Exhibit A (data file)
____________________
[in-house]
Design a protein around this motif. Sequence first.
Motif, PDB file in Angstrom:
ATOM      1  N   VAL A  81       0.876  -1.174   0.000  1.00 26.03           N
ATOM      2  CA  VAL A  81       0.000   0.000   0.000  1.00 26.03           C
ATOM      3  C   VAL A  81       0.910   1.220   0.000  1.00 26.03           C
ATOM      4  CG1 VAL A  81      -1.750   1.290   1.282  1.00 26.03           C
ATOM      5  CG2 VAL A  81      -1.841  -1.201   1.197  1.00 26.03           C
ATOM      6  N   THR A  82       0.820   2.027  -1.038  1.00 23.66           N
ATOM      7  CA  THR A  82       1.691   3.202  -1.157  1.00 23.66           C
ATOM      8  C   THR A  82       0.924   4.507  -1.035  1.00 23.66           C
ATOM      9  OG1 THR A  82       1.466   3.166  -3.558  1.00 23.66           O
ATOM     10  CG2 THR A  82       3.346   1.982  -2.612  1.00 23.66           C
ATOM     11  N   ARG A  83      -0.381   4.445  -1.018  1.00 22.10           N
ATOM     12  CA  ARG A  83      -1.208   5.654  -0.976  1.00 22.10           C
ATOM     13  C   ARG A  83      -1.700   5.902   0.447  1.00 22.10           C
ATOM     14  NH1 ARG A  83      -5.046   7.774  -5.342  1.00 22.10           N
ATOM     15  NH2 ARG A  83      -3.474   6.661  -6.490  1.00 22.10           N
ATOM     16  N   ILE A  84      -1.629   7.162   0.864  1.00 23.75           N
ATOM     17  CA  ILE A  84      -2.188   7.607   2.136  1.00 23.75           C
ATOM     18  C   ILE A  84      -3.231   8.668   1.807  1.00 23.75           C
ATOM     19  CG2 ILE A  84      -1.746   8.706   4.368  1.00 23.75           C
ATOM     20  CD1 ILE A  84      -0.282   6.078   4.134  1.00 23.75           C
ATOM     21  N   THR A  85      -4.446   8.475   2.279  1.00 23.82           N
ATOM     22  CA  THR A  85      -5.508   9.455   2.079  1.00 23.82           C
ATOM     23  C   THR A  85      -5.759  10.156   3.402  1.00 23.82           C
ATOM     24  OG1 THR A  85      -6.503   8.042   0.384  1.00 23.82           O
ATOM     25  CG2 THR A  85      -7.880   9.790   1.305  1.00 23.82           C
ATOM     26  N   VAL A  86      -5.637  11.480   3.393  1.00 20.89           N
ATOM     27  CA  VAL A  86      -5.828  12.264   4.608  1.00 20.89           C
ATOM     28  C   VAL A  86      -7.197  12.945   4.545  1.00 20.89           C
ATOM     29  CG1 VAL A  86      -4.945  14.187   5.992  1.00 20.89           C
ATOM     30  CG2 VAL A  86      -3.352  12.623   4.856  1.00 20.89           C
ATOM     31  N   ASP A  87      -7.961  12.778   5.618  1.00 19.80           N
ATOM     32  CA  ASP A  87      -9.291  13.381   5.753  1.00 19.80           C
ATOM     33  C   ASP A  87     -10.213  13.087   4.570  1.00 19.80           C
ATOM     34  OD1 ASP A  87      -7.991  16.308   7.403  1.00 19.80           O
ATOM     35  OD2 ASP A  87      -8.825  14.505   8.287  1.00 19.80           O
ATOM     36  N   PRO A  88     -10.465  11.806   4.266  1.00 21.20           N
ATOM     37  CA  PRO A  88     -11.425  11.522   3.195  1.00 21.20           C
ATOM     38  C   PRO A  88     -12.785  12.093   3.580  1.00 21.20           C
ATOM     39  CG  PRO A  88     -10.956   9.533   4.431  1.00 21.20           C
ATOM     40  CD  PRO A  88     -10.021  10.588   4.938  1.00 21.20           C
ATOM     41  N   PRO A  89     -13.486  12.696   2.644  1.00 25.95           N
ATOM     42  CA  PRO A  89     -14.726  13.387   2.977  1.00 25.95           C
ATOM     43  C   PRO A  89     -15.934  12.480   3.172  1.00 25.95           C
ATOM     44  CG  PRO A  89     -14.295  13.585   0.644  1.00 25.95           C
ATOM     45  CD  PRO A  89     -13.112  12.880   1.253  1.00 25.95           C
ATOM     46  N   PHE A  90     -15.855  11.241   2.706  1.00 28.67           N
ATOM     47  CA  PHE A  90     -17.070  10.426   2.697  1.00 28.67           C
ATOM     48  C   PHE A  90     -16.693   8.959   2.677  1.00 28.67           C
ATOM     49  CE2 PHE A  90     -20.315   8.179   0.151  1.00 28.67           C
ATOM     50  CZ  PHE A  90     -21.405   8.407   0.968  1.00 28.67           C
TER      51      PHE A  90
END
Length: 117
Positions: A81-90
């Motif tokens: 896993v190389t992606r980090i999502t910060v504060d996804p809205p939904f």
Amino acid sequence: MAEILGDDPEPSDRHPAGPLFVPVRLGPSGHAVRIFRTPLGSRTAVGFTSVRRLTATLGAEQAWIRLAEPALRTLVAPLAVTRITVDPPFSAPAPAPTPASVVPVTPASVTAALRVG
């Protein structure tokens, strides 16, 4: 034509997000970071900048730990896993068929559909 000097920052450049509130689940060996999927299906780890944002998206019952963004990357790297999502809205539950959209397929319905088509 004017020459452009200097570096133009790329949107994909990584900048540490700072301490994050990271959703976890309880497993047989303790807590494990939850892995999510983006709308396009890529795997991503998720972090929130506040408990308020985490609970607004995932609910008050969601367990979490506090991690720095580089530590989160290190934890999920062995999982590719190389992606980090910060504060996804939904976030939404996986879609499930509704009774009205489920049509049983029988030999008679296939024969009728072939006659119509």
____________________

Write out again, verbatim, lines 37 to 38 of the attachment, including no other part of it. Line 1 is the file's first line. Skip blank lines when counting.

ATOM     34  OD1 ASP A  87      -7.991  16.308   7.403  1.00 19.80           O
ATOM     35  OD2 ASP A  87      -8.825  14.505   8.287  1.00 19.80           O